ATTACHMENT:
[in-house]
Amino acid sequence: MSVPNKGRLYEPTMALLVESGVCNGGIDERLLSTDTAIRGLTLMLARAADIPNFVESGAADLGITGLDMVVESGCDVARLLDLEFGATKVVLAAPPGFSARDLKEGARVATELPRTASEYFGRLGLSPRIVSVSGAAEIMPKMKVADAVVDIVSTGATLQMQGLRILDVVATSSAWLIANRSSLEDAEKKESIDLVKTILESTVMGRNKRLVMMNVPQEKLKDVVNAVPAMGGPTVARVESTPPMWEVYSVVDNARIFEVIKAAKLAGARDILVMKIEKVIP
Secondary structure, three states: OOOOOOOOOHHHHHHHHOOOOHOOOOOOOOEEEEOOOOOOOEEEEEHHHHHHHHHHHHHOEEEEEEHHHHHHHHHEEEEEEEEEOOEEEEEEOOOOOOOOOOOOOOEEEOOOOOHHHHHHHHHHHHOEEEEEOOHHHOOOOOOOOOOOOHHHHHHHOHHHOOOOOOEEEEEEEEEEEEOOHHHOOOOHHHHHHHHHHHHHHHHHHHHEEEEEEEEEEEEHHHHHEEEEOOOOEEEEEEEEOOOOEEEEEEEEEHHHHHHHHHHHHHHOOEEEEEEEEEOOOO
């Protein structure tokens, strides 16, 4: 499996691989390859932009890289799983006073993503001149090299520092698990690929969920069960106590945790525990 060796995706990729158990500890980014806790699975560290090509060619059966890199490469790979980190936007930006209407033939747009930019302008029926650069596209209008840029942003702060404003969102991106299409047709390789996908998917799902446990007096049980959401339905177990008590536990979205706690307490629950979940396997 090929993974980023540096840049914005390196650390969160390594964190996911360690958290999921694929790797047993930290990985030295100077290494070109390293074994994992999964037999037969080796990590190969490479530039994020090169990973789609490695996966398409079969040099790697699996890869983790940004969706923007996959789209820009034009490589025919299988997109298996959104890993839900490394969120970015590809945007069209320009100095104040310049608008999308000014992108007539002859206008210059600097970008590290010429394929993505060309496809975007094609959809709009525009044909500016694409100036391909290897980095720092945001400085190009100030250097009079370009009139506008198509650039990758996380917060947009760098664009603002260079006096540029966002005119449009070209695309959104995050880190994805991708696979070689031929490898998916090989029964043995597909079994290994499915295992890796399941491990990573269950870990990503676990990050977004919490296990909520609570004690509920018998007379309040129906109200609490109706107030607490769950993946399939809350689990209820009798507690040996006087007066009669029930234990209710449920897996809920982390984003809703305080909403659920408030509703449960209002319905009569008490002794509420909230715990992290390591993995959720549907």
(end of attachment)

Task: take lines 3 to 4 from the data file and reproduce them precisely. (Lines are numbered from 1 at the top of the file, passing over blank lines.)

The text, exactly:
Secondary structure, three states: OOOOOOOOOHHHHHHHHOOOOHOOOOOOOOEEEEOOOOOOOEEEEEHHHHHHHHHHHHHOEEEEEEHHHHHHHHHEEEEEEEEEOOEEEEEEOOOOOOOOOOOOOOEEEOOOOOHHHHHHHHHHHHOEEEEEOOHHHOOOOOOOOOOOOHHHHHHHOHHHOOOOOOEEEEEEEEEEEEOOHHHOOOOHHHHHHHHHHHHHHHHHHHHEEEEEEEEEEEEHHHHHEEEEOOOOEEEEEEEEOOOOEEEEEEEEEHHHHHHHHHHHHHHOOEEEEEEEEEOOOO
């Protein structure tokens, strides 16, 4: 499996691989390859932009890289799983006073993503001149090299520092698990690929969920069960106590945790525990 060796995706990729158990500890980014806790699975560290090509060619059966890199490469790979980190936007930006209407033939747009930019302008029926650069596209209008840029942003702060404003969102991106299409047709390789996908998917799902446990007096049980959401339905177990008590536990979205706690307490629950979940396997 090929993974980023540096840049914005390196650390969160390594964190996911360690958290999921694929790797047993930290990985030295100077290494070109390293074994994992999964037999037969080796990590190969490479530039994020090169990973789609490695996966398409079969040099790697699996890869983790940004969706923007996959789209820009034009490589025919299988997109298996959104890993839900490394969120970015590809945007069209320009100095104040310049608008999308000014992108007539002859206008210059600097970008590290010429394929993505060309496809975007094609959809709009525009044909500016694409100036391909290897980095720092945001400085190009100030250097009079370009009139506008198509650039990758996380917060947009760098664009603002260079006096540029966002005119449009070209695309959104995050880190994805991708696979070689031929490898998916090989029964043995597909079994290994499915295992890796399941491990990573269950870990990503676990990050977004919490296990909520609570004690509920018998007379309040129906109200609490109706107030607490769950993946399939809350689990209820009798507690040996006087007066009669029930234990209710449920897996809920982390984003809703305080909403659920408030509703449960209002319905009569008490002794509420909230715990992290390591993995959720549907």